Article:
IMF anticipates no further relief needed for Zambia post-debt programme

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LUSAKA, Sept 7 (Reuters) – The International Monetary Fund (IMF) does not anticipate any relief for Zambia after the end of a 2022-2025 debt programme, its mission chief Allison Holland said at a briefing on Wednesday.

Zambia is seeking $8.4 billion of debt relief from 2022 to 2025, the IMF said on Tuesday in a report on the first African country to default on its debt in the pandemic era.

Zambia is struggling with debt that reached 120% of its GDP and its debt restructuring is seen as a test case for the Group of 20 leading economies Common Framework process, which has been criticised for delays. read more

“We don’t anticipate any relief for Zambia post-programme,” Holland said in an online media briefing.

“We expect the debt relief to be provided now will be sufficient to meet the need … of the goals that we have outlined,” she said.

Holland said Zambian authorities outlined a goal to have a memorandum of understanding with the official creditor committee by the end of 2022.

“The memorandum of understanding will be a joint agreement and Zambia will have to reach specific bilateral agreements with all the bilateral creditors to operationalise it,” she said.

“The targets that we have set for the debt relief encompass the whole of Zambia’s debt,” Holland said.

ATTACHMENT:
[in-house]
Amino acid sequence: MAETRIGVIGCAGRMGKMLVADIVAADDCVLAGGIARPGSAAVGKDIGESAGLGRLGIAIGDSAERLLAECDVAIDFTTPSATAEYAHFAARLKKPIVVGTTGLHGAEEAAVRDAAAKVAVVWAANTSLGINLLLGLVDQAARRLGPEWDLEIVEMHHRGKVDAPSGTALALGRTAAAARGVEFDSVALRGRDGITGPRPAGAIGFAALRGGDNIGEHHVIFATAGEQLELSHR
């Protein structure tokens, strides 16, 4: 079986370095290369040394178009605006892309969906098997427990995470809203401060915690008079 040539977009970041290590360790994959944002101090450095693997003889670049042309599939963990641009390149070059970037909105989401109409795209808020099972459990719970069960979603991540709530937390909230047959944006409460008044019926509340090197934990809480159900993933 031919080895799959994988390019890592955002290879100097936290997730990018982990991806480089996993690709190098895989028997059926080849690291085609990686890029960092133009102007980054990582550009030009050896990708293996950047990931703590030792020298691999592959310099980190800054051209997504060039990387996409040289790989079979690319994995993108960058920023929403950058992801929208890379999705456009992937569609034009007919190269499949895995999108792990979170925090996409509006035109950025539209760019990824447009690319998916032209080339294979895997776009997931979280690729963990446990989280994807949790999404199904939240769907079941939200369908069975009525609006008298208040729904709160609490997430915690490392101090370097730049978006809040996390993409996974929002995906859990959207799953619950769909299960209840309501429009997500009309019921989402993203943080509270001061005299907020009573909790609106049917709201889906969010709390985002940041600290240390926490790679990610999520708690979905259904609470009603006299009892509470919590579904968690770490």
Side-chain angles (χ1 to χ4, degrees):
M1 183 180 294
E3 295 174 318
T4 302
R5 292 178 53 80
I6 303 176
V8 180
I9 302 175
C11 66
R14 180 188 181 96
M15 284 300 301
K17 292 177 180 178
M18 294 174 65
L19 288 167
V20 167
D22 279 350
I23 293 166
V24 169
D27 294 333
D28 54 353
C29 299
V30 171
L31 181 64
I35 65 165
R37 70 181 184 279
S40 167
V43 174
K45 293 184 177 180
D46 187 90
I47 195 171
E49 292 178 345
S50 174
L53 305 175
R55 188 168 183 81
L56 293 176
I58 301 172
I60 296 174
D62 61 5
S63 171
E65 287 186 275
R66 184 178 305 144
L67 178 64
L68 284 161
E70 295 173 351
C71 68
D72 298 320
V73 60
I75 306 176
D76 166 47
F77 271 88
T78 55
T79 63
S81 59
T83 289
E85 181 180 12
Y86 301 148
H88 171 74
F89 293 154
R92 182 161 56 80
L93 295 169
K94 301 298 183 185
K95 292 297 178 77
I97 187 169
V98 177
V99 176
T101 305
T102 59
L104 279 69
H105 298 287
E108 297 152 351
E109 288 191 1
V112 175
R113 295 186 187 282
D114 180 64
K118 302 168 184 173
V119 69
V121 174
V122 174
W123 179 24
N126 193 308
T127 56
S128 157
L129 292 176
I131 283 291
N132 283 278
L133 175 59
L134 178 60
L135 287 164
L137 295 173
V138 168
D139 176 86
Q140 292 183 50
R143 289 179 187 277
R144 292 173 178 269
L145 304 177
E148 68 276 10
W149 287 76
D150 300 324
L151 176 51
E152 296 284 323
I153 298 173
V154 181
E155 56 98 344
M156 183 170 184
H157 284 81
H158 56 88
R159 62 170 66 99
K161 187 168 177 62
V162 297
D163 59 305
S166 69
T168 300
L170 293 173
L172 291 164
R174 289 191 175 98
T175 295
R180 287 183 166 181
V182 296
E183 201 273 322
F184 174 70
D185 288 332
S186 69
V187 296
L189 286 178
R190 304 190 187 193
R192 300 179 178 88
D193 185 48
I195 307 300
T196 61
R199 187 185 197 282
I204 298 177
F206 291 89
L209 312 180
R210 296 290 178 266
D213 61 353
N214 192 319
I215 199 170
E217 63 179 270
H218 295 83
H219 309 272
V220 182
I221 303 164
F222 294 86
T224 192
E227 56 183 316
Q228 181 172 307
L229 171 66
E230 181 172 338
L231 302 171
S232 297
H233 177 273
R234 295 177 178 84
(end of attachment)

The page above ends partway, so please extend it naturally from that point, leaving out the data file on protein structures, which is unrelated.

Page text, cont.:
Separately, Finance Permanent Secretary Mukuli Chikuba told reporters Zambia would have needed to pay 70 billion Zambian Kwachas ($4.53 billion) in debt servicing this year out of an available 100 billion kwacha.

The debt service payment for 2023 was estimated slightly lower at 62 billion kwacha, he said.

“This is the amount of money that we need to restructure of the $14.6 billion,” Chikuba said, referring to the central government external debt, including guarantees.

The debt restructuring would take the form of haircuts, extended maturity periods and interest adjustments, Chikuba said.

($1 = 15.4632 Zambian kwachas)

(This story refiles to remove repeated text in second paragraph)

Additional reporting by Anait Miridzhanian Writing by Nellie Peyton Editing by James Macharia Chege and Jane Merriman